Cancer action plan 2023 to 2026

This action plan supports the cancer strategy 2023 to 2033 and outlines the realistic and achievable actions that we will deliver in the first three years.

4. Monitoring and Evaluation

Information on the key principles and approach to evaluation is provided in the 10-year Cancer Strategy for Scotland.

A Monitoring and Evaluation Framework for each 3-year action plan will be developed using the steps outlined in the Cancer Strategy for Scotland 2023-2033. Setting up a framework for each action plan will provide the flexibility to design the best evaluation methods to address evidence and learning requirements as they emerge across the timeline of the 10-year strategy.

The objectives of the 3-year action plans will represent the building blocks needed to make progress towards the longer-term strategic aim of the 10-year strategy. The first action plan is concerned with stabilising systems and services. The second action plan will seek to renew services and cancer control, and the third action plan aims to redesign services and harness innovations. Given the wider systems and financial pressures outlined in relation to evaluation of the 10-year strategy, evaluation of the first action plan will focus on the outputs and outcomes that we can expect to be delivered within three years as systems and services are stabilised.

The Monitoring and Evaluation Framework for this first action plan will incorporate measures to assess progress in relation to short-term outcomes for the 10-year strategy, in other words the progress that is expected to be made in years 1-3 to recover and stabilise systems and services. In addition to evaluating outcomes, this framework will generate learning from the experience of implementing the plan: what is known as ‘process’ evaluation; as well as understanding the outcomes of activities. Data indicators and evaluation questions will be set out to monitor and evaluate the processes and outcomes linked with implementing and delivering the action plan. Where possible, in order to take a proportionate approach that minimises burden, questions will be addressed through routine data collection.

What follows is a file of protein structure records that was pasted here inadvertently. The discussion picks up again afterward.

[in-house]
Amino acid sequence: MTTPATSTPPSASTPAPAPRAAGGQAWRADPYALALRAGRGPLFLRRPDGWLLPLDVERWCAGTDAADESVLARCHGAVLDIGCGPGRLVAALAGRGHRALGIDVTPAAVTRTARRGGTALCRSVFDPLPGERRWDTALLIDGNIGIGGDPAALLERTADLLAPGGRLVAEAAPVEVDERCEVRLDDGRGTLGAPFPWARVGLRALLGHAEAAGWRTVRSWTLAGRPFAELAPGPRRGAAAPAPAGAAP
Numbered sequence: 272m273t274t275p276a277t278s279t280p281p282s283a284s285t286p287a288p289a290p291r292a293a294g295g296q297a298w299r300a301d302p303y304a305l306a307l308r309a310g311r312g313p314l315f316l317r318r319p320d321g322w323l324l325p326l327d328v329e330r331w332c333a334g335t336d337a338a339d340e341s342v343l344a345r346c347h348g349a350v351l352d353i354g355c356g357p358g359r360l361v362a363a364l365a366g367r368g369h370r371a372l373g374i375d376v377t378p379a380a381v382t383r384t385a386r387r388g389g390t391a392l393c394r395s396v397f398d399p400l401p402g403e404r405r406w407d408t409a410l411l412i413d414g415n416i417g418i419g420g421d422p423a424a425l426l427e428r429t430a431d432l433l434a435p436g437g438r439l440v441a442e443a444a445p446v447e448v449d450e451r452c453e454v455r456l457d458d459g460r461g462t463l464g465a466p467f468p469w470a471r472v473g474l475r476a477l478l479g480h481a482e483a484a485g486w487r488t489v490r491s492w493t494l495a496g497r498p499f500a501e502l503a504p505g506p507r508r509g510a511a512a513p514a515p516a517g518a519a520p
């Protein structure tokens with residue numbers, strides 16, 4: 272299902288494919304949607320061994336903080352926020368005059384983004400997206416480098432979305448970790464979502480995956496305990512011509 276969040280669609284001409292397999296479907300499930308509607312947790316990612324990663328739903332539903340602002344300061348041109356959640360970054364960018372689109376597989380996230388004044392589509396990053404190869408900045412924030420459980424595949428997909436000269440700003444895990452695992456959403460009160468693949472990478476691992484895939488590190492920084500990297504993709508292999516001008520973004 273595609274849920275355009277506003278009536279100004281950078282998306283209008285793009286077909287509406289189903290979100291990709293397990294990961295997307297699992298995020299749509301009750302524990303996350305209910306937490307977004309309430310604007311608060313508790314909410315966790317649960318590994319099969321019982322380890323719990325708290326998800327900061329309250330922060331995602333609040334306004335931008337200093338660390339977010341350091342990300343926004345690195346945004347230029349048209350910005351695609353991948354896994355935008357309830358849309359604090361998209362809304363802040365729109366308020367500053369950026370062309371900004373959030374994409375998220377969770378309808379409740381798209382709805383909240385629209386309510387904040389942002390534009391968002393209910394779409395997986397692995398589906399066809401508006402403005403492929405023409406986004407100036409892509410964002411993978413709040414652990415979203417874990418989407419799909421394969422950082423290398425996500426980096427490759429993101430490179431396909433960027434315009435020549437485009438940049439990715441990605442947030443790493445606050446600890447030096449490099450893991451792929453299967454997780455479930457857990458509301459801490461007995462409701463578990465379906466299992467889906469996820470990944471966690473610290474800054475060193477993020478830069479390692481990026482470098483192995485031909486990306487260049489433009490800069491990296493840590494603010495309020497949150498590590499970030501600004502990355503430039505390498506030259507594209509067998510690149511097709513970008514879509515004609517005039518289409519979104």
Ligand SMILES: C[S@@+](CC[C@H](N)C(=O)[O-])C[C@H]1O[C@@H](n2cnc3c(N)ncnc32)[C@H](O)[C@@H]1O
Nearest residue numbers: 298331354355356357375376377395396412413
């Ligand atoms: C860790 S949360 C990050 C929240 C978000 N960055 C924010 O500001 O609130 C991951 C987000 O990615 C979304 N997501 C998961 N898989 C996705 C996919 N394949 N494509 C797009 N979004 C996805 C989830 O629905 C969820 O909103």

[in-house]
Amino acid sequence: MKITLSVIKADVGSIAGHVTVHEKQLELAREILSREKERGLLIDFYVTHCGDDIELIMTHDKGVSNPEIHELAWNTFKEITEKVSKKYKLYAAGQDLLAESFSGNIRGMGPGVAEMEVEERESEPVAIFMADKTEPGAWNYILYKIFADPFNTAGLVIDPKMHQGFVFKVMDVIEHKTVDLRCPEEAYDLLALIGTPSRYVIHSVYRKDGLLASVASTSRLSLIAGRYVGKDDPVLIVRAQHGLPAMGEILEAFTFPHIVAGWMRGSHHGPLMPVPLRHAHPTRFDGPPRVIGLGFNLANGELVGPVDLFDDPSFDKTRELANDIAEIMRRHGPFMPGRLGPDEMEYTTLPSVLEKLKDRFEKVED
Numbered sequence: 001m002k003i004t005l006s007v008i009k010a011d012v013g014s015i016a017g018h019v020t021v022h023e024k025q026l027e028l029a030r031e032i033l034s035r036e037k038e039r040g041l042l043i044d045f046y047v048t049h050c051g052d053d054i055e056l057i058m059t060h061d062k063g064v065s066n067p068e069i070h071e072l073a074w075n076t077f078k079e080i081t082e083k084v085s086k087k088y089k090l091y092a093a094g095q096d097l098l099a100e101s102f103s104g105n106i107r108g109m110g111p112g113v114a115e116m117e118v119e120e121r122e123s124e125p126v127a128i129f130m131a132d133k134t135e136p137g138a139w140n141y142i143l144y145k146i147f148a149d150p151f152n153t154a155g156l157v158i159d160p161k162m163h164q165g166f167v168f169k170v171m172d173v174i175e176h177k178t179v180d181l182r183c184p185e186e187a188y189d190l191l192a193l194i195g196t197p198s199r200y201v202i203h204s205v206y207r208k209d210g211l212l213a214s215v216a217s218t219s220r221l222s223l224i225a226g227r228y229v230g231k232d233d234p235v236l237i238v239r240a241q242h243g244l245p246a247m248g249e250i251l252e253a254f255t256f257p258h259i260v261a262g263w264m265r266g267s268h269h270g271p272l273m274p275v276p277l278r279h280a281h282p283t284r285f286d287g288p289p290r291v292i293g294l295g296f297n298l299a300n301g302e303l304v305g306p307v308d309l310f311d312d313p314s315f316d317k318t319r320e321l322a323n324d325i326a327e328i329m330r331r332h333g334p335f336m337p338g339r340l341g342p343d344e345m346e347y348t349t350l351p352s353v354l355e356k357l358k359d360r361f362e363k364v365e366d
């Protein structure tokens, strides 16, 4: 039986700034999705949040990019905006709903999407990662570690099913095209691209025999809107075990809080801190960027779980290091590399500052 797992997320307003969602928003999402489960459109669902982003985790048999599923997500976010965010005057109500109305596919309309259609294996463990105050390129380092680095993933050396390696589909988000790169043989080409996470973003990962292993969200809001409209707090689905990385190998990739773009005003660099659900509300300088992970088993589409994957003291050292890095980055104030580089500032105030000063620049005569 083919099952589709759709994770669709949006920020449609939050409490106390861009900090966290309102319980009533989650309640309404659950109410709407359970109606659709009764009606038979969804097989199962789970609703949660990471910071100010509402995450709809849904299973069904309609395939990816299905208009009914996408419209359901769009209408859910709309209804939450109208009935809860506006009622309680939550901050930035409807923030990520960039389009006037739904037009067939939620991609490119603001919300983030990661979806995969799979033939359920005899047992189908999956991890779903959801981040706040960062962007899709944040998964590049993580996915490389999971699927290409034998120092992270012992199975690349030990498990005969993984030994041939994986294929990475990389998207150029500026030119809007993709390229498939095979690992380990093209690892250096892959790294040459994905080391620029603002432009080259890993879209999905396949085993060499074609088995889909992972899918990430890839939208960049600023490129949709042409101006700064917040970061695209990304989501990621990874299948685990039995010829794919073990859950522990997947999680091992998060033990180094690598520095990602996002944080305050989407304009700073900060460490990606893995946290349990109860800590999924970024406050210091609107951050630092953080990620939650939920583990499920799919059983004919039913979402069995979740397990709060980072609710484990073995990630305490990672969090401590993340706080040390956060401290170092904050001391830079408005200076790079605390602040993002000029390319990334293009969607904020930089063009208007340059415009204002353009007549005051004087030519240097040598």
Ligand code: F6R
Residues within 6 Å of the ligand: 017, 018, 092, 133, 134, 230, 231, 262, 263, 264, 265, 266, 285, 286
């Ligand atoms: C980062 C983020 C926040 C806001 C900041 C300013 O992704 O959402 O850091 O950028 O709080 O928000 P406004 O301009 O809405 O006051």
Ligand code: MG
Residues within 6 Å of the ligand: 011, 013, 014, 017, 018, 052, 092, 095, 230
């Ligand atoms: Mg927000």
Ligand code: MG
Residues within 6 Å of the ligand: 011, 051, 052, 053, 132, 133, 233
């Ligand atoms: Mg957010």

Monitoring of data, such as waiting times, will continue to be important in the measurement of metrics to assess performance and to understand variation in the system. We will apply Healthcare Improvement Scotland's concept of learning systems to understand progress and share learning. Approaching evaluation from the perspective of Learning Systems enables us to consider what variation tells us about the system, specifically what is working and not working, and to share this learning across the system. Specific approaches for supporting Learning Systems will be developed with stakeholders for each action plan.

In connecting with existing monitoring and evaluation activities that are taking place in NHS Boards, this approach will draw on transferable, scalable and well-evidenced learning that is available from the local (‘micro’) level. While national monitoring and evaluation is not directly about local improvement or local data needs, it aims to capture and share good quality evidence as learning emerges within the system.

As part of monitoring and evaluating the action plans, a set of core evaluation questions will be developed to share with local programmes and projects that wish to develop evaluation methods that support learning against key indicators of success.



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